You’ve no idea how beautiful it was this weekend. No, that’s not right. Perhaps you do. It was 97 in Fargo. It was hot and bright here - shorts weather, warm breezes, glorious color (at least a third of the trees turned in the last week) and the strange sense that something had changed for the better and was here to stay for a while. As I write this the wind has kicked up and the temps have dropped, as if the Real Teacher has come back after two days with a fun and cool substitute. No more film strips and rap sessions. Open your books. Silence!
The forecast has us one degree over freezing for a low next Saturday. A swing of fifty degrees.
You know what I did tonight? I digitized an entire Mitch Miller album. I hate Mitch Miller. Well, I don’t hate him, but I find the music so off-putting it’s hard to listen to, and I know someone else has already digitized this album and it’s floating around there somewhere, probably on YouTube. With comments about Thanx! Love Mitch awesome from people who are 74, God bless them, and are looking for the songs on Youtube because the old record player in the basement doesn’t work any more. Well, it works, but one of the speakers doesn’t. Waiting for one of the kids to come home and fix it. I think we had this record; I remember “Be Kind to Your Web-Footed Friends” for some reason, as well as the chorus of BIG VOICED MEN shouting about the fact that there is, indeed, a tavern in the town. I guess people sang along. Or more likely looked at the lyrics on the sheet and nodded along. It’s a mystery, all of it.
Why am I doing it? For the Vinyl additions, of course. Thrift-store music. I have at present 35 albums ready for 2016, and will chose the best from each. It is a tedious task but some of the things I find in the store are not on YouTube, and deserve to be preserved, if only as examples of a particular time in American cultural history. Someone sent me a link to a story about a German digital hoarder who cannot bear to part with his tens of thousands of photographs. Believe me, I am not like that. Winnow, cull, name, archive, back up.
So much of the stuff I collect was saved for a reason. I’ll assume it was a good one, and do my part to pass it along.
That said: can’t stand this stuff.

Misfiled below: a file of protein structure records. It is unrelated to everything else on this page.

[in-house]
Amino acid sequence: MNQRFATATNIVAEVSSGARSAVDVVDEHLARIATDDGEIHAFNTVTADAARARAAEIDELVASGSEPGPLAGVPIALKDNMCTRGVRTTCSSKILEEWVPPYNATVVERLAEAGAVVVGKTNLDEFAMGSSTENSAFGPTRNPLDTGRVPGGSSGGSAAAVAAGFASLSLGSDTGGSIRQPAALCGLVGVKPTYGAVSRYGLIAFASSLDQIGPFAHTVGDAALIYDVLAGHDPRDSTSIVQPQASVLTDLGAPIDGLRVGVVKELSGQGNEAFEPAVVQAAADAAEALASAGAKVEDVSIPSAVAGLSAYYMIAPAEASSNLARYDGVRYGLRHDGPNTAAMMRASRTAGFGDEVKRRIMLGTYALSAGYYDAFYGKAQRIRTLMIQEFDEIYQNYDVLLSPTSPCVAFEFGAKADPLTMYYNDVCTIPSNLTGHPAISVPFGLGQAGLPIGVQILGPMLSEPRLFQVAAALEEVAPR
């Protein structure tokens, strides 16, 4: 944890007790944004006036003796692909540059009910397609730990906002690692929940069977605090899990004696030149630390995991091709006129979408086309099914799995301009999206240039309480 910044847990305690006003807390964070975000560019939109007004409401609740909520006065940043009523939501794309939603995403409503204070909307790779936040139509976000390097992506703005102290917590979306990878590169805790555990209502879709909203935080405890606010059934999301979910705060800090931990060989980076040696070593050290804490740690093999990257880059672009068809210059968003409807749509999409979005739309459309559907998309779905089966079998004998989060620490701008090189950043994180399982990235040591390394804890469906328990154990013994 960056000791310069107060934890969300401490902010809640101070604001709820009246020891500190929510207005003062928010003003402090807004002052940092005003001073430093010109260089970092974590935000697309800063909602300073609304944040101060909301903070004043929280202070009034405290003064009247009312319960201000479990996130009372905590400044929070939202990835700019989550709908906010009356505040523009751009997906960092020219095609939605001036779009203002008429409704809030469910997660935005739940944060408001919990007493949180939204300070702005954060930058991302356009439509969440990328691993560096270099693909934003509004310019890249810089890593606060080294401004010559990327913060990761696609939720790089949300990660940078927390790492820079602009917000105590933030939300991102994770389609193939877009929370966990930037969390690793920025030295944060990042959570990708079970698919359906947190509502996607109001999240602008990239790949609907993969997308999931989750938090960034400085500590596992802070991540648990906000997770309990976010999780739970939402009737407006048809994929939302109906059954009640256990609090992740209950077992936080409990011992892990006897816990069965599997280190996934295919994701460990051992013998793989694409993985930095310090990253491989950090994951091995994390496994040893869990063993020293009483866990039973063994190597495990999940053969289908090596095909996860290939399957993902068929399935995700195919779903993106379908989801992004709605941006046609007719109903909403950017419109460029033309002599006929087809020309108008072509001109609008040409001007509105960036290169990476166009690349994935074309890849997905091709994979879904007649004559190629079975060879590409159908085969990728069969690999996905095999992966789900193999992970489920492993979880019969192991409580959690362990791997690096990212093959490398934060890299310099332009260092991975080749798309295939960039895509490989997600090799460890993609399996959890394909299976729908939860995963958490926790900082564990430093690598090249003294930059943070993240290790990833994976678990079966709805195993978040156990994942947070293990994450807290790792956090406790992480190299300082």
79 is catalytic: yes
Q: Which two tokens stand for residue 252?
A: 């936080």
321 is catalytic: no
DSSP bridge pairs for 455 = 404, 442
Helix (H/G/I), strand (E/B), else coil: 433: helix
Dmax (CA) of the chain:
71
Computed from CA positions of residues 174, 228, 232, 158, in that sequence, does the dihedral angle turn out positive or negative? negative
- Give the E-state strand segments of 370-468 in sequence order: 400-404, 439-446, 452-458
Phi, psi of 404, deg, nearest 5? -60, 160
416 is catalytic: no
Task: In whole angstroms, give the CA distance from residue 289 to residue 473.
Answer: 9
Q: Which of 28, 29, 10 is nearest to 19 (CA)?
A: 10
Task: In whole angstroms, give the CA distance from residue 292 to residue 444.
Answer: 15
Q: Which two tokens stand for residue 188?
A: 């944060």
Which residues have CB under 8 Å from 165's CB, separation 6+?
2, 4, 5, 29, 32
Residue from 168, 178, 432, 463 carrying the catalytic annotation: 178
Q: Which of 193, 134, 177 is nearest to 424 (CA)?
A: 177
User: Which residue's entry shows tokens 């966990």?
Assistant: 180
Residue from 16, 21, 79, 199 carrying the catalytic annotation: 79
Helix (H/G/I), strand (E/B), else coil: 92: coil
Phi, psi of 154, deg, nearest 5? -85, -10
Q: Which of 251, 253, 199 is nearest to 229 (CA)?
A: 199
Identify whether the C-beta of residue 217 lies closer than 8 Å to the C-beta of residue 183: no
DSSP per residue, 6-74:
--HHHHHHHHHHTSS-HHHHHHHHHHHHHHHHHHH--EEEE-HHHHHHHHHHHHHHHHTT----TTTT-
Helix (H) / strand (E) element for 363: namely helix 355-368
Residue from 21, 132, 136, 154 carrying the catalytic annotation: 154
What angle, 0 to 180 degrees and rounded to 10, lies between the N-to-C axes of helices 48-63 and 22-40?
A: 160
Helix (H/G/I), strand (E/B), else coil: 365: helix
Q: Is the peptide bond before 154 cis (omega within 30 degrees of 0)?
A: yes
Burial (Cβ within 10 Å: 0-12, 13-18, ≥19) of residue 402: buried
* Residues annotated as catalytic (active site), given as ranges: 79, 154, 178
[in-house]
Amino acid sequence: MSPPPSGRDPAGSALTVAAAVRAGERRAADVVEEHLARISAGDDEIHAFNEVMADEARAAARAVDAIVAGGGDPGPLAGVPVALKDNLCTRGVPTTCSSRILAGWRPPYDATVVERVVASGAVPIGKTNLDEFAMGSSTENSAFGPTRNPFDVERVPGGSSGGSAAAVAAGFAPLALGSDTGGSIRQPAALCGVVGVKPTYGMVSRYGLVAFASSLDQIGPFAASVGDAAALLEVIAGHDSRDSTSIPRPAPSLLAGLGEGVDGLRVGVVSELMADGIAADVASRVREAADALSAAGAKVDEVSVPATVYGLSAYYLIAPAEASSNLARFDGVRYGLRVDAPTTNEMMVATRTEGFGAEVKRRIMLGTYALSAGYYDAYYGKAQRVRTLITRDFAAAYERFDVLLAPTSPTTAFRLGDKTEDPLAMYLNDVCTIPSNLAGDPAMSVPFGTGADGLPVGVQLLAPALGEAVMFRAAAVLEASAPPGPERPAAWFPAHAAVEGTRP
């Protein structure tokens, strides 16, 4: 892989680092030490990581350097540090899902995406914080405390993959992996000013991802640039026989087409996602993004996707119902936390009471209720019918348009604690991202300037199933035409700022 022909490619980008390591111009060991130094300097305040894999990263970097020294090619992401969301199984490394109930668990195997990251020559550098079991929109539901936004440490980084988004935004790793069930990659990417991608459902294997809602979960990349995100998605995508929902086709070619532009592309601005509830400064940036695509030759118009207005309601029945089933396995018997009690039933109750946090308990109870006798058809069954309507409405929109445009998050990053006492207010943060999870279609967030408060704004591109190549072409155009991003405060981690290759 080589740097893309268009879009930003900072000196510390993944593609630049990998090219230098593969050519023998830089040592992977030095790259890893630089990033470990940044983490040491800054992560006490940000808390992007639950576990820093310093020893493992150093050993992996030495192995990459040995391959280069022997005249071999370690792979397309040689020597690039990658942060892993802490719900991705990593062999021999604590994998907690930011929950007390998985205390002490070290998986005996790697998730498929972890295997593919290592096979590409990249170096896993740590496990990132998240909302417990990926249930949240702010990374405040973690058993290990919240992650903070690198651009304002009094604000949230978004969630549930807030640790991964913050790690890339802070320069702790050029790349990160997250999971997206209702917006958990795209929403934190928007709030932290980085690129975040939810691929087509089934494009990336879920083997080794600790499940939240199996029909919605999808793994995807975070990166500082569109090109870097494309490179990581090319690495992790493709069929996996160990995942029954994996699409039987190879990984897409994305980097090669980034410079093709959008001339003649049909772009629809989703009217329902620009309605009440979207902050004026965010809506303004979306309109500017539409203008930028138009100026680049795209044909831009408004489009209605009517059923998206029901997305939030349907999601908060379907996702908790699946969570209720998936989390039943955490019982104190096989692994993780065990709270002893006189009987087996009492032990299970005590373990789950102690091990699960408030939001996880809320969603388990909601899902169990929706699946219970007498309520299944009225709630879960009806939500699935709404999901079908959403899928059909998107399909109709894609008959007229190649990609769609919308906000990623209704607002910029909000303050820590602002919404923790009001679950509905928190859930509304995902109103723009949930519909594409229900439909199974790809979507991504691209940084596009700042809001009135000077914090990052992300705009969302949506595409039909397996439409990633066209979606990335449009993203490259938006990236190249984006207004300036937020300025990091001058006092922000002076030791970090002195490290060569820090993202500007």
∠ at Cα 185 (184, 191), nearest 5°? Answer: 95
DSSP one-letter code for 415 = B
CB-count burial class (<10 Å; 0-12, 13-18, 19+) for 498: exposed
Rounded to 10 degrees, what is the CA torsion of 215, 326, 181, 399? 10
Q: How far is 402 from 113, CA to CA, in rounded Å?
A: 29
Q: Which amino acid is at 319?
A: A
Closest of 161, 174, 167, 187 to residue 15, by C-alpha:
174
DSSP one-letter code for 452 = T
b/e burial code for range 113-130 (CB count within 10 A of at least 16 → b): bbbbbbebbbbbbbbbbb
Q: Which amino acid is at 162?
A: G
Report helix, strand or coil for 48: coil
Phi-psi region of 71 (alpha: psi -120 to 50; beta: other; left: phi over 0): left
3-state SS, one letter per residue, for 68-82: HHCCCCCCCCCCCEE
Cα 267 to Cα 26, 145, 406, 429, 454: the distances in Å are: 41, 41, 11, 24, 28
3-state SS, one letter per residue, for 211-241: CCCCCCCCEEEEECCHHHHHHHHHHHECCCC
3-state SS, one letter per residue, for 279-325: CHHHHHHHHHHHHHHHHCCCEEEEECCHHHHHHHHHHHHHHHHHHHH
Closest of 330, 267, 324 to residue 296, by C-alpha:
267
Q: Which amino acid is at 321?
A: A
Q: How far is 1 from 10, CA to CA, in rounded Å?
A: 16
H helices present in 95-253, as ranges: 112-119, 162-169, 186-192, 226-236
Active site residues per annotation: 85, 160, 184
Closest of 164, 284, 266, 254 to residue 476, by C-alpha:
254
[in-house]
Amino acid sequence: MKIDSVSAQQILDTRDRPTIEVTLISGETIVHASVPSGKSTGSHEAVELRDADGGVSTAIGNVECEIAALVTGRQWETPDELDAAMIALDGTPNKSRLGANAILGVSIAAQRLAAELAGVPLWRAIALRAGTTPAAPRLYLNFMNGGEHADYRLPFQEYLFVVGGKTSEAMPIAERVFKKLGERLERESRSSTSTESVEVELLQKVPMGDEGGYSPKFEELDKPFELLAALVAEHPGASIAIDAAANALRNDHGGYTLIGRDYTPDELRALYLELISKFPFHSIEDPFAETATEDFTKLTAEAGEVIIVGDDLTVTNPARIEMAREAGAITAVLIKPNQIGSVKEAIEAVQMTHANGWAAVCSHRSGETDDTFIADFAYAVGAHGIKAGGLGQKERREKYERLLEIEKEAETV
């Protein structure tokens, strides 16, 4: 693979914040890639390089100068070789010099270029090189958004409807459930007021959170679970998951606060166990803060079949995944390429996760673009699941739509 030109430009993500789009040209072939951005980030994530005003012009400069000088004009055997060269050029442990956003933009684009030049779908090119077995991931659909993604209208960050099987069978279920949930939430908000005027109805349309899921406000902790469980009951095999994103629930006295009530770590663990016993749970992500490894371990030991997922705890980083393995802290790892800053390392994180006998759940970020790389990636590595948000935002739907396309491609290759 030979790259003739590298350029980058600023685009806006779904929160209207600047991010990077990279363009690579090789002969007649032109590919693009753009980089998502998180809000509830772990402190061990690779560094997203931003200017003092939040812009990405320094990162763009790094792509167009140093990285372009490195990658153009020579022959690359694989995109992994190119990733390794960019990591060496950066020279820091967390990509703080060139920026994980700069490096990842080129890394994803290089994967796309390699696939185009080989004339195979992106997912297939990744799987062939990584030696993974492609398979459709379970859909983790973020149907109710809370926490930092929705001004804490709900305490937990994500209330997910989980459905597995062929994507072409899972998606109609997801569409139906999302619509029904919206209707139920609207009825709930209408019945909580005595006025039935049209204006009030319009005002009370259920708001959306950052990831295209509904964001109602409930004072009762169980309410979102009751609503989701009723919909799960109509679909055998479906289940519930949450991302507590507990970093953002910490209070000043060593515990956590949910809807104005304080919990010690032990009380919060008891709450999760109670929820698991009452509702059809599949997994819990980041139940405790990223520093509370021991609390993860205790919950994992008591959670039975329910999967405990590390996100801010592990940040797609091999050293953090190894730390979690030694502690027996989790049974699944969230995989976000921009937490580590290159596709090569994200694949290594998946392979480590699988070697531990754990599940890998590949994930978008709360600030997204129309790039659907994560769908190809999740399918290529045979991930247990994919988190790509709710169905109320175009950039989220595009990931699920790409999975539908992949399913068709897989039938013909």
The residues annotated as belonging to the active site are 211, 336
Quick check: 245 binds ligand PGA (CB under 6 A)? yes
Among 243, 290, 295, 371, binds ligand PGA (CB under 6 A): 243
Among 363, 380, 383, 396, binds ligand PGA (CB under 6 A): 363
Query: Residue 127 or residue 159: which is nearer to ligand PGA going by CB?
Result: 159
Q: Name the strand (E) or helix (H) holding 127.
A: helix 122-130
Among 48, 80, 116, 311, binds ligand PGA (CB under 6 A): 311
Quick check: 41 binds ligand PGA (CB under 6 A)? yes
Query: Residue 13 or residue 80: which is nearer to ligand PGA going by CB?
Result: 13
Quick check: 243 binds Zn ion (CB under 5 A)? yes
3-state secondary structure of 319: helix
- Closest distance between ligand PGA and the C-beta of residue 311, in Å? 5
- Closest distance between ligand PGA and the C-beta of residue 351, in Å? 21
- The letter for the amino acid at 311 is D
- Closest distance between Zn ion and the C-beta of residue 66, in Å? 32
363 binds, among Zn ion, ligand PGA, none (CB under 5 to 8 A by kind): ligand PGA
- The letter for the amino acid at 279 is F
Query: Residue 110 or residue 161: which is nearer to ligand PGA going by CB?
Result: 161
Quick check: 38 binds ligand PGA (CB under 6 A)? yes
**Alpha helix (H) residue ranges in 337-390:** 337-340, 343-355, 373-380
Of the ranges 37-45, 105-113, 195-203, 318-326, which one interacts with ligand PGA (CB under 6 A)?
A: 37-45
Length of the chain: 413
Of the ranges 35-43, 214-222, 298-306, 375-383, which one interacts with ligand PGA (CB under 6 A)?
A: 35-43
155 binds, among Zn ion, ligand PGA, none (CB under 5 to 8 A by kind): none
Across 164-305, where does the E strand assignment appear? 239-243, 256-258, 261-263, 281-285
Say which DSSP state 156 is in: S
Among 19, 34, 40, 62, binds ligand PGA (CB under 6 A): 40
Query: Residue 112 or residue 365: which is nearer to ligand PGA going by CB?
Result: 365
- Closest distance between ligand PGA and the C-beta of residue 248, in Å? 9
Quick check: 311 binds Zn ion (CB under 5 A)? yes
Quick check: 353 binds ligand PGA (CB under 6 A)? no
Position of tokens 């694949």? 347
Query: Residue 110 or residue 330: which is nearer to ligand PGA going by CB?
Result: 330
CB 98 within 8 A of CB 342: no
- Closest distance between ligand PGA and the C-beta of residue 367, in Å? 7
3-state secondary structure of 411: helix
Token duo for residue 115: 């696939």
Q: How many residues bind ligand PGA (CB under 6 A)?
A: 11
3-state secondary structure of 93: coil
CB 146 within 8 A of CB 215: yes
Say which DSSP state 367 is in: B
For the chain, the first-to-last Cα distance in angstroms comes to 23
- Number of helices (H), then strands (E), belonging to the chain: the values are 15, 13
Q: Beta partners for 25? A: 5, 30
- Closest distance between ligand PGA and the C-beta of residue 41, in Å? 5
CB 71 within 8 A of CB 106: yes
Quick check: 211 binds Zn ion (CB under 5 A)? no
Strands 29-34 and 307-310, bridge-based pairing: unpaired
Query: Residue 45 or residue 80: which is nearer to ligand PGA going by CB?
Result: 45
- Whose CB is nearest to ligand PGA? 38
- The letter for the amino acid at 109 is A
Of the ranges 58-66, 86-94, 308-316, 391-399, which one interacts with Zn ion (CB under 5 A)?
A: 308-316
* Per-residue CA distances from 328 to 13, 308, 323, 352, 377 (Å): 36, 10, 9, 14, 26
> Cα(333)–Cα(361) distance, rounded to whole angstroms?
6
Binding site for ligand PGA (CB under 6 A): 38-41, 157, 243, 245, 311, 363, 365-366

You may recall the tale of the photoelectric eye. The timer that controlled the lights outside. How it was dead. How I replaced it by putting dusk-to-dawn timers in the light sockets, bypassing the need for a timer at all. How the timers clicked on and off and didn’t work. How I returned them for another master timer to be hooked up to the wires. How the Giant Swede came by and discovered the wire to the master timer were dead. How he examined the Medusa Junction Box and suggested that the garage door repairman may have screwed something up. How the garage door repairmen insisted they had nothing to do with it. How the Giant Swede somehow, through a minor mistake, rendered the master switch that controlled the outdoor lights inert, which meant:
No master timer
No power to the lights
No idea what was going on
I called Mr. Sparky to come and fix everything, because the name sounds cheerful and retro. The electrician at the wires that led to the master timer, and winced. He said he wouldn’t touch them without installing a junction box. Otherwise, fire. Maybe. He poked around while I worked in my office; he gave me a holler when he was done.
“First of all, you do have power to the master timer there.”
“No. That can’t be. We used one of those . . .testing things. It was dead.”
“Was the switch on?”
“You mean the one that’s dead now?”
“That one, yes.”
I thought. I had no idea. Probably not.
“Well, we thought it was.”
“You have power to the timer, so the timer was probably defective.” Which was my original diagnosis, long ago, when the earth was cooling and enormous dragonflies flitted through a hot primeval landscape. “I can fix that but like I said I need to put in a junction box.” He quoted a sum which was a lot. I had presumed a certain amount. This was $75 more. I said no, that’s too much. Maybe I’ll try the timers in the individual sockets again, but they didn’t work well - kept turning on and off.
“What kind of bulbs do you have?”
“CFLs. I hate CFLs but that’s what’s in there.”
“That might be the problem. There’s not enough resistance.”